As the UK government steps up its efforts to encourage the population to save and invest for retirement in an attempt to head off a pensions crisis for our ageing population through attractive tax breaks and the auto-enrollment scheme one U.S. start-up has taken the ‘start investing early’ mantra to a whole new level. BusyKid, an app designed to help encourage children to learn responsibility by contributing to their household’s chores rota while earning rewards from their parents, has announced a new tie-up with online investing platform Stockpile.
Parents who sign up to BusyKid are being incentivised with a $10 reward for each child registered to the app, to be invested in the stock market, free of any transaction fees. Company shares that can be invested in via the scheme include those of tech giants such as Apple and Amazon and sportswear giants Nike – all brands that youngsters will be familiar with.
The kids can buy real shares from a limited range of companies and then track how its price is moving and decide if they wish to hold, sell or trade it. The idea behind the initiative is that it both provides children with an early introduction to the world of finance and thinking about investing that they usually don’t get before they are in higher education as well as opening a door for parents to start speaking to them about money.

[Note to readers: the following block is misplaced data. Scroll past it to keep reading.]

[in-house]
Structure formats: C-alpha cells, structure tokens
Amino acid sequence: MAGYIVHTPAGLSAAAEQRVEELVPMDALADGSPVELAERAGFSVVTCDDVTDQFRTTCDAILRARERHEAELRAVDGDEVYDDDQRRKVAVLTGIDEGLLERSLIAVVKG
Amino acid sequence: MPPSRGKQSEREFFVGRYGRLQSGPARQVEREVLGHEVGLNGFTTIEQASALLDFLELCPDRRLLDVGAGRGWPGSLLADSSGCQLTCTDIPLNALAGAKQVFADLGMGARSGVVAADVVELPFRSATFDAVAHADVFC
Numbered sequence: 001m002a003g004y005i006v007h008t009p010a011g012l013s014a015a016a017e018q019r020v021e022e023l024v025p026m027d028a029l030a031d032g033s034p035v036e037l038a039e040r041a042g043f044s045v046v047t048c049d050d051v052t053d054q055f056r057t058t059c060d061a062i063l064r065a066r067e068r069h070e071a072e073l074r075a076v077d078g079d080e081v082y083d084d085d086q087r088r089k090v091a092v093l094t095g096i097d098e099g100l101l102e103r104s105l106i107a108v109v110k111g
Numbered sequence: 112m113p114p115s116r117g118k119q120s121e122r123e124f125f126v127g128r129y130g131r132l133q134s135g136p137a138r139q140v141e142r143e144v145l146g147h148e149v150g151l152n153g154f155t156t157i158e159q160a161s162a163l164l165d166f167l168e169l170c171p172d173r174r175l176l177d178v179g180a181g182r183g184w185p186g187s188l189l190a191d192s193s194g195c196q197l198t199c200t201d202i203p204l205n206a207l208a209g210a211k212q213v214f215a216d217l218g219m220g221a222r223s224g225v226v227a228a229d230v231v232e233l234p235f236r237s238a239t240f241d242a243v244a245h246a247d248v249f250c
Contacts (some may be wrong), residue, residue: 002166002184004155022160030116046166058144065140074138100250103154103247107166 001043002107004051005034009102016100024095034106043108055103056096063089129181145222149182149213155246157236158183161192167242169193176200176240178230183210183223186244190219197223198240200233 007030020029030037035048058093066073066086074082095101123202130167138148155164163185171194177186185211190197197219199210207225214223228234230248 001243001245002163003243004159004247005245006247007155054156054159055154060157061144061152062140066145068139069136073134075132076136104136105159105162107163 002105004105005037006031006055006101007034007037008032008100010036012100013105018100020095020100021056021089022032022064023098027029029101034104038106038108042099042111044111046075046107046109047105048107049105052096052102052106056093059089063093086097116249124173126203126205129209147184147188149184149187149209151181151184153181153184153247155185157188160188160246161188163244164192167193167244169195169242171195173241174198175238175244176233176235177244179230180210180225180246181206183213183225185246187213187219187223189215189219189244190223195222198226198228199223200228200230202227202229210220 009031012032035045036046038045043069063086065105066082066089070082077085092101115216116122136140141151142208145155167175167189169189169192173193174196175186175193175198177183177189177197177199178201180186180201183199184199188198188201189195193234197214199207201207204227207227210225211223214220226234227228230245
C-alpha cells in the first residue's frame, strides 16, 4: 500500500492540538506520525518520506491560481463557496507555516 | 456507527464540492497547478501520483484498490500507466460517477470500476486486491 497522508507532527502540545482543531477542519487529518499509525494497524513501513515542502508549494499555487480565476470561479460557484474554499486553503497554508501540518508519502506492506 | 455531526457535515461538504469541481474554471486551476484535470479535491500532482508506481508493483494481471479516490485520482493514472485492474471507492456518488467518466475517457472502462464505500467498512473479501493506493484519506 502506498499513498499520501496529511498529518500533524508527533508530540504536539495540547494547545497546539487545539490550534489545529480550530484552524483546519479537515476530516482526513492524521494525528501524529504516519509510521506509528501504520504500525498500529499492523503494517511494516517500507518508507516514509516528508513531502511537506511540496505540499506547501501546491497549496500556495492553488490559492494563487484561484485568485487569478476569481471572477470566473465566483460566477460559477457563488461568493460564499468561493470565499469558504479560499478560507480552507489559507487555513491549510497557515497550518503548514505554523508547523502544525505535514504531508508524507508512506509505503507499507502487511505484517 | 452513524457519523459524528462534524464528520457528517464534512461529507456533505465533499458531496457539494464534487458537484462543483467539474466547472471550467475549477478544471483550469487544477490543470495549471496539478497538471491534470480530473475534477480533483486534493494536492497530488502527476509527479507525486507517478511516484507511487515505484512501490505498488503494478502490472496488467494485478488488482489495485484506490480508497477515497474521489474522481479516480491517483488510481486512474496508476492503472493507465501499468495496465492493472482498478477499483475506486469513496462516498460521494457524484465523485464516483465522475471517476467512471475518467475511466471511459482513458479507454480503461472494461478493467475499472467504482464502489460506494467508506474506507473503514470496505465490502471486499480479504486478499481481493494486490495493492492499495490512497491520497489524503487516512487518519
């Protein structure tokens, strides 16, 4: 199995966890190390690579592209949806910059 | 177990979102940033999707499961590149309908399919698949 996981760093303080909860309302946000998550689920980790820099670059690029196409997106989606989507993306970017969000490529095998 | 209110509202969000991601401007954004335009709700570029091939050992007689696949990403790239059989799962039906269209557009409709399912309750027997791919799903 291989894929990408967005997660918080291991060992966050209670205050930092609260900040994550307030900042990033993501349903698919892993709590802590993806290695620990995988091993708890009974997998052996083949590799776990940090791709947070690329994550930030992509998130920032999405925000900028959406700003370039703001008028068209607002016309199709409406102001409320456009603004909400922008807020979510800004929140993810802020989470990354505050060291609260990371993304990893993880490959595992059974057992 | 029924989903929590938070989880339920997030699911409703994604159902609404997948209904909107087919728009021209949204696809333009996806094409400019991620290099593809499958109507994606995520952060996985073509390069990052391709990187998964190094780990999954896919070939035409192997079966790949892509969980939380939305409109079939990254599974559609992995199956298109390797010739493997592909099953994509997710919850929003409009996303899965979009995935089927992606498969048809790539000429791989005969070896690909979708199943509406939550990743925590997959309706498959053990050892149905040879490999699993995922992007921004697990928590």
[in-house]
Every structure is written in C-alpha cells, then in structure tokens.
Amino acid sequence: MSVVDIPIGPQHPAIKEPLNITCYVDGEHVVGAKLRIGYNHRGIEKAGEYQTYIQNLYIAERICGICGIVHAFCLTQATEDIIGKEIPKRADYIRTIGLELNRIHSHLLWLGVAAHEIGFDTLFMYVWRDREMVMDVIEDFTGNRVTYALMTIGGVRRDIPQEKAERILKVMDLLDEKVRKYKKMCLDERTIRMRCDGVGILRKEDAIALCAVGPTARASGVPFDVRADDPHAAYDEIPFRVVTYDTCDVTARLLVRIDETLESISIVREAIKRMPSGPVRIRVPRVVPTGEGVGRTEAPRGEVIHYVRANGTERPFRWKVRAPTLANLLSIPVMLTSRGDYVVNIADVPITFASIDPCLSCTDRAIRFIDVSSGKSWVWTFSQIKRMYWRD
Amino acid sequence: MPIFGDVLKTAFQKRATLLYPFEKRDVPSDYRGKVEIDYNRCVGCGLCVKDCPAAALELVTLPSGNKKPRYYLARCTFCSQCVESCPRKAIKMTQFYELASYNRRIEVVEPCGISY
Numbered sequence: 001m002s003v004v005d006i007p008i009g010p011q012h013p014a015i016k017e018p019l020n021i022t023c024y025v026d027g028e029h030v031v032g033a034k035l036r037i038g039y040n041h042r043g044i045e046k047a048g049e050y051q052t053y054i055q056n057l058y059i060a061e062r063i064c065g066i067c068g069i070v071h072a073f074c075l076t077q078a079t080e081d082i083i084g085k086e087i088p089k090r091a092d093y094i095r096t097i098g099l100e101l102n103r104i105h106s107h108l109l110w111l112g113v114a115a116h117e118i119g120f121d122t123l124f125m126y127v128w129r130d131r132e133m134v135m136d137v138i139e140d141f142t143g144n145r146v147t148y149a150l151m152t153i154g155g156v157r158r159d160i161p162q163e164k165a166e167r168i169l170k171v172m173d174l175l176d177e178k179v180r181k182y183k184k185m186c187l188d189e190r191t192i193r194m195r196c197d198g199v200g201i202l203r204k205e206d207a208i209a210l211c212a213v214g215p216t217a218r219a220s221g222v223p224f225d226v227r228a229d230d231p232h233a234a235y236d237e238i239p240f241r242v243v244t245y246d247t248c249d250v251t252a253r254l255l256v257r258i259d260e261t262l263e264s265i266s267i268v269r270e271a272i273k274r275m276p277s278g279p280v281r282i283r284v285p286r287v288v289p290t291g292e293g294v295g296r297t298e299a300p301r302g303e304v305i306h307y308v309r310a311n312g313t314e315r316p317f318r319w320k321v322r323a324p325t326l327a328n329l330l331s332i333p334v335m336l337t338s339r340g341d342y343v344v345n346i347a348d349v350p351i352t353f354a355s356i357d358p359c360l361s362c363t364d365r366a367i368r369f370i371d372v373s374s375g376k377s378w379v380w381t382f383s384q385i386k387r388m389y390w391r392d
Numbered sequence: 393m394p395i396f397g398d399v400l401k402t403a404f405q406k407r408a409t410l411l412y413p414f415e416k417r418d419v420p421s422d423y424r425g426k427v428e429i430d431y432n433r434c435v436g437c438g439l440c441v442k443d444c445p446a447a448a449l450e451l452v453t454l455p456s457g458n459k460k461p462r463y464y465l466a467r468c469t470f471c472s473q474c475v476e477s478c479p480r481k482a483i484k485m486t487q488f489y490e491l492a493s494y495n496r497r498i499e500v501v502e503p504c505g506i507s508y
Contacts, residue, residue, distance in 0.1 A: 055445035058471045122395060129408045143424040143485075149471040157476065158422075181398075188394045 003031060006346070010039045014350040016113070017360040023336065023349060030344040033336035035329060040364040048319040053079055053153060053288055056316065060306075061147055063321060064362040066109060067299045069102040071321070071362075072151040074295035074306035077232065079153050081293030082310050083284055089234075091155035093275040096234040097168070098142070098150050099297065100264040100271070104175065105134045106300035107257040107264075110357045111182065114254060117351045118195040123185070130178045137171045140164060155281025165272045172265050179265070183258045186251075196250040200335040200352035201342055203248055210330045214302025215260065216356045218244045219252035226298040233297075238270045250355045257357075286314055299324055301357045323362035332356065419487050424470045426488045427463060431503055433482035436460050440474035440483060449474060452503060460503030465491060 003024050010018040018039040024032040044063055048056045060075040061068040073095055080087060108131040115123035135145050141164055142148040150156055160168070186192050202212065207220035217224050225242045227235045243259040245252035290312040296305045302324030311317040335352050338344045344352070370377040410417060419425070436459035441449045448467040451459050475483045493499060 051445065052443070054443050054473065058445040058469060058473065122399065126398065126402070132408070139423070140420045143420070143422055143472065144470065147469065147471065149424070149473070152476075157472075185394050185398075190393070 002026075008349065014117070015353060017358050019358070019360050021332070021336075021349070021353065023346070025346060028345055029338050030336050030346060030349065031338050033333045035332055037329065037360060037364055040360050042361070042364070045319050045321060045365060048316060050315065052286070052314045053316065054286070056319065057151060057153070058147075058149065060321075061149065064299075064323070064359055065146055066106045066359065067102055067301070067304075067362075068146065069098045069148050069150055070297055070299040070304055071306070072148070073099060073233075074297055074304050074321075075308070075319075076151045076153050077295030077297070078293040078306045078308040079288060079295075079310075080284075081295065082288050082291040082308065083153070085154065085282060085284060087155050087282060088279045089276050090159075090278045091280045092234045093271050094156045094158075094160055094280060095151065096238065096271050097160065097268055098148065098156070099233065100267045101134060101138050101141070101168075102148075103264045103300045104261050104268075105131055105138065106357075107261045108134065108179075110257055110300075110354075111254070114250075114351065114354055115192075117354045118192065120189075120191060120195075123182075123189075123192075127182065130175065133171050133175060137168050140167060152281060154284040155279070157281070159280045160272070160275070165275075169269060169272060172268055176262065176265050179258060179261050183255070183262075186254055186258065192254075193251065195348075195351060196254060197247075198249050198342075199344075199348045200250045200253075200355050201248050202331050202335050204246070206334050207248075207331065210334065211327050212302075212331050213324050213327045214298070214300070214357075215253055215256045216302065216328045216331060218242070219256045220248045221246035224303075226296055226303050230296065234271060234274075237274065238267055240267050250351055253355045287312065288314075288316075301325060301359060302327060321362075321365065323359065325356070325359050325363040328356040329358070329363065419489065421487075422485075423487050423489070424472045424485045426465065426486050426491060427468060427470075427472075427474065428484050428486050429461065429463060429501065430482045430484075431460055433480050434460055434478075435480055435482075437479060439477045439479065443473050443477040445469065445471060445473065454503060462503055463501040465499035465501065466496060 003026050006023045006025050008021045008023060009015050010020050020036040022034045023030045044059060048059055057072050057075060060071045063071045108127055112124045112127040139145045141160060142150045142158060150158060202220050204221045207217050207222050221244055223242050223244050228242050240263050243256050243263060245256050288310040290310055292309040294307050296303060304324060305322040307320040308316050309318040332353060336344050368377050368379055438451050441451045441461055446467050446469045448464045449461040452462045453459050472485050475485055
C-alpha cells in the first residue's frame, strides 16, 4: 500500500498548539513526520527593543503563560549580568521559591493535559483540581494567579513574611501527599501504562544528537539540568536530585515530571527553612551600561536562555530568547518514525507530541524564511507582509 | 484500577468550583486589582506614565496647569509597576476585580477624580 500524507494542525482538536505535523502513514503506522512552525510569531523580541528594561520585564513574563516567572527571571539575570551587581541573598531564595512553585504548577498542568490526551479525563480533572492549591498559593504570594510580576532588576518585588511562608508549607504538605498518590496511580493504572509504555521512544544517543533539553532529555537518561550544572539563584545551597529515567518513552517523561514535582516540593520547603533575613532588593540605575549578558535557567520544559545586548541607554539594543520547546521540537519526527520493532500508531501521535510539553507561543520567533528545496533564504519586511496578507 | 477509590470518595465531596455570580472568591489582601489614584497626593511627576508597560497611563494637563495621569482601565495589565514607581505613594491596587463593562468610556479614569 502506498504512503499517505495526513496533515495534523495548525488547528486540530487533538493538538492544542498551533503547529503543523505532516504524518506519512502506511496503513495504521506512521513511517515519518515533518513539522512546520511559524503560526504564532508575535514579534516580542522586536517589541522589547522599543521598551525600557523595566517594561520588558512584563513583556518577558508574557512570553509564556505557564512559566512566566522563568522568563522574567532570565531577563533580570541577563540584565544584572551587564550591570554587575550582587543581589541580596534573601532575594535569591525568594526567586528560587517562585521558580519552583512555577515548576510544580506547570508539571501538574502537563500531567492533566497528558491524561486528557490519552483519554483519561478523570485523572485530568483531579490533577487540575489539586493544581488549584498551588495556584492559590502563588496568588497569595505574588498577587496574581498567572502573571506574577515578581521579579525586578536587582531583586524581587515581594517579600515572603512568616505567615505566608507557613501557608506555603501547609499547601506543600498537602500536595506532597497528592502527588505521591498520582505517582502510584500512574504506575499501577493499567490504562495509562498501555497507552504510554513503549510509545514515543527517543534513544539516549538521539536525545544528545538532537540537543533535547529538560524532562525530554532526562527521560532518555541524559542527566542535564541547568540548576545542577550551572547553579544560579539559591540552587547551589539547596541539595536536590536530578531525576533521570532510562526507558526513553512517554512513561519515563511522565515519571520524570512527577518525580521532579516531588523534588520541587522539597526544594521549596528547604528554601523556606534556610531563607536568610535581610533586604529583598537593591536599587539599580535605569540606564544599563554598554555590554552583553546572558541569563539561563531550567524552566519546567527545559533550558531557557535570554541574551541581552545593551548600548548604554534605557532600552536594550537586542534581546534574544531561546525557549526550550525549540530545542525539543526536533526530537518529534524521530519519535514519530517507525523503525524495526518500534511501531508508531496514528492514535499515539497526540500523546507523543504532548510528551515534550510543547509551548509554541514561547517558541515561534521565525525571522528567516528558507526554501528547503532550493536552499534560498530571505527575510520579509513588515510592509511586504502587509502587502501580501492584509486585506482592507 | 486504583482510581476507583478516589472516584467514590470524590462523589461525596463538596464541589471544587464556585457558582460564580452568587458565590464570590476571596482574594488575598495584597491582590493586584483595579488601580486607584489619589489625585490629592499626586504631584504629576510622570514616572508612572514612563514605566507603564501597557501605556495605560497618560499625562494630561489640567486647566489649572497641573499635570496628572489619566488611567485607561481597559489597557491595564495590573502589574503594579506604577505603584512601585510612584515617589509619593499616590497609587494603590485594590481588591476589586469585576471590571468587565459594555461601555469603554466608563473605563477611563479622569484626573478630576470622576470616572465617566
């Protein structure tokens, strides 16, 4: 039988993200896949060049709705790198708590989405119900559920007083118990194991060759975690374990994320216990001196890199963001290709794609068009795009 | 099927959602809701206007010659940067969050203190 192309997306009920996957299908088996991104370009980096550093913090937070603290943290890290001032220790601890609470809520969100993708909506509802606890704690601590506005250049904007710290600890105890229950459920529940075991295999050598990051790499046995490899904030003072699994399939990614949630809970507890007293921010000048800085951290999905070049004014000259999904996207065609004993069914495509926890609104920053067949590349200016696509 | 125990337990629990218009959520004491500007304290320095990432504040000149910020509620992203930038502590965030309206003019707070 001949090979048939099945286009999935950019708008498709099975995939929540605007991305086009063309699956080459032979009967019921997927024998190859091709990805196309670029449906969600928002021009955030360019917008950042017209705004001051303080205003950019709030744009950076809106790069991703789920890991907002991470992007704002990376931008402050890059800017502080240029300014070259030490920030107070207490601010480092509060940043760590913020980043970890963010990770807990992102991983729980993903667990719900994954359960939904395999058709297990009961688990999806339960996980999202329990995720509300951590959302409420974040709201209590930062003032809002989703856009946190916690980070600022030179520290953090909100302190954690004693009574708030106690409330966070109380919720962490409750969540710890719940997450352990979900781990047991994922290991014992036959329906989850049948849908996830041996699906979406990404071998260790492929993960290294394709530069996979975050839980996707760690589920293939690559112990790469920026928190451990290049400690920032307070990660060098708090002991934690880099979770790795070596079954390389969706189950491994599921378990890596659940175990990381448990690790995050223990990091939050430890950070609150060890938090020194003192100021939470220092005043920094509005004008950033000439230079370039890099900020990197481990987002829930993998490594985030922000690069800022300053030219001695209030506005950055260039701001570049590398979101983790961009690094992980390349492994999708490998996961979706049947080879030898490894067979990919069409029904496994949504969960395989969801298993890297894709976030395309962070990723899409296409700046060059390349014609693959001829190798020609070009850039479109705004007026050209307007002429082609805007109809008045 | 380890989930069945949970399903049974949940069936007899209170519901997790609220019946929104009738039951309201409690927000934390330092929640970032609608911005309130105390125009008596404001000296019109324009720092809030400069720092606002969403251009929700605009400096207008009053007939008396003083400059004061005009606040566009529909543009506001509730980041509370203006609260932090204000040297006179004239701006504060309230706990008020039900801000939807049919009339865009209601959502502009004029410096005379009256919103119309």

BusyKid CEO Gregg Murset hopes that the initiative will make a small contribution towards helping increase the likelihood of participating youngsters realising financial success in the future. In a press release to announce to launch, he commented:
“Investing is a major component to financial success, yet this is never explained to kids until they get to college … if even then. Most schools fail to teach in-depth finance, and studies continue to show that parents feel inadequate filling the void.”
CNBC coverage of the initiative tied the BusyKid and Stockpile tie-up to a study on T. Rowe Price, a U.S.-facing portal for retail investors that showed while more than 80% of parents believe it is important to talk to their children about finances, 71% are reluctant to do so. It can be presumed that the reason for this is that parents believe the youngsters won’t be interested or be able to grasp the concepts being put to them. In this context, the kind of ‘gamification’ the initiative provides could well prove to be an ingenious idea to pique the interest of kids.
How Rich People Think author Steve Siebold was also invited to provide an opinion on the initiative and provided a ringing endorsement by saying:
“giving stock as a baby gift is a great idea because even if the stock doesn’t perform well, it’s an opportunity to teach that child about money from an early age.
“Parents can sit down with their kids and show them what’s going on. It doesn’t have to be a complicated lesson in the markets, but kids will find it fascinating to know that they’re potentially making money,” he says. “Even better, you’re giving them a basic education in money and investing that will benefit them for the rest of their lives.”
We agree it’s a fascinating prospect to have a 7 or 8 year old clamouring to know in the evening how their Apple shares have performed that day!
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